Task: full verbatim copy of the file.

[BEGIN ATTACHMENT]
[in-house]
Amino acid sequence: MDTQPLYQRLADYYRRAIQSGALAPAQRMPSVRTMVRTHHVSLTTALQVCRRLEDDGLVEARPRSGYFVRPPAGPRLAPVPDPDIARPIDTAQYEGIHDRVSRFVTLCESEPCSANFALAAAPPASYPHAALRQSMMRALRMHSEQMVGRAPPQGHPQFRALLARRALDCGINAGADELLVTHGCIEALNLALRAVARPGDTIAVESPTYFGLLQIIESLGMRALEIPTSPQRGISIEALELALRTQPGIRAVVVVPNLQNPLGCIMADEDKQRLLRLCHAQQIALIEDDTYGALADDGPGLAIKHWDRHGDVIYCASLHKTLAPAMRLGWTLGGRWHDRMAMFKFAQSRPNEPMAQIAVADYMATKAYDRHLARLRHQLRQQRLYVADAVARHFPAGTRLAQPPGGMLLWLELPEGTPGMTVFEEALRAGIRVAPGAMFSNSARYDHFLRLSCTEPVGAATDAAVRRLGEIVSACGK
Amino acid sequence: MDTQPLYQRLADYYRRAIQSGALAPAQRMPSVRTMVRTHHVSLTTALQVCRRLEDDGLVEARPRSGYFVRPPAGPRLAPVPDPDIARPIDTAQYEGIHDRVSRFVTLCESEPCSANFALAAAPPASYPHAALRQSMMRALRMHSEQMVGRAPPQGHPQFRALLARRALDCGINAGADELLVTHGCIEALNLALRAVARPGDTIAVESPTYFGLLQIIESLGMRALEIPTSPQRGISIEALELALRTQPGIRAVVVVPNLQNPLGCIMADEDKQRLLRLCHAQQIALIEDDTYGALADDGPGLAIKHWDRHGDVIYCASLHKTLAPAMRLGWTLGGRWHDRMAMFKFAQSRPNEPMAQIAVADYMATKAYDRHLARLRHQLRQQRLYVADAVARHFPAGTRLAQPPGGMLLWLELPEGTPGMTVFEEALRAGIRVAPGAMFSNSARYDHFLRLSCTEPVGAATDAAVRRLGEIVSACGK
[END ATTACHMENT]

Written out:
[in-house]
Amino acid sequence: MDTQPLYQRLADYYRRAIQSGALAPAQRMPSVRTMVRTHHVSLTTALQVCRRLEDDGLVEARPRSGYFVRPPAGPRLAPVPDPDIARPIDTAQYEGIHDRVSRFVTLCESEPCSANFALAAAPPASYPHAALRQSMMRALRMHSEQMVGRAPPQGHPQFRALLARRALDCGINAGADELLVTHGCIEALNLALRAVARPGDTIAVESPTYFGLLQIIESLGMRALEIPTSPQRGISIEALELALRTQPGIRAVVVVPNLQNPLGCIMADEDKQRLLRLCHAQQIALIEDDTYGALADDGPGLAIKHWDRHGDVIYCASLHKTLAPAMRLGWTLGGRWHDRMAMFKFAQSRPNEPMAQIAVADYMATKAYDRHLARLRHQLRQQRLYVADAVARHFPAGTRLAQPPGGMLLWLELPEGTPGMTVFEEALRAGIRVAPGAMFSNSARYDHFLRLSCTEPVGAATDAAVRRLGEIVSACGK
Amino acid sequence: MDTQPLYQRLADYYRRAIQSGALAPAQRMPSVRTMVRTHHVSLTTALQVCRRLEDDGLVEARPRSGYFVRPPAGPRLAPVPDPDIARPIDTAQYEGIHDRVSRFVTLCESEPCSANFALAAAPPASYPHAALRQSMMRALRMHSEQMVGRAPPQGHPQFRALLARRALDCGINAGADELLVTHGCIEALNLALRAVARPGDTIAVESPTYFGLLQIIESLGMRALEIPTSPQRGISIEALELALRTQPGIRAVVVVPNLQNPLGCIMADEDKQRLLRLCHAQQIALIEDDTYGALADDGPGLAIKHWDRHGDVIYCASLHKTLAPAMRLGWTLGGRWHDRMAMFKFAQSRPNEPMAQIAVADYMATKAYDRHLARLRHQLRQQRLYVADAVARHFPAGTRLAQPPGGMLLWLELPEGTPGMTVFEEALRAGIRVAPGAMFSNSARYDHFLRLSCTEPVGAATDAAVRRLGEIVSACGK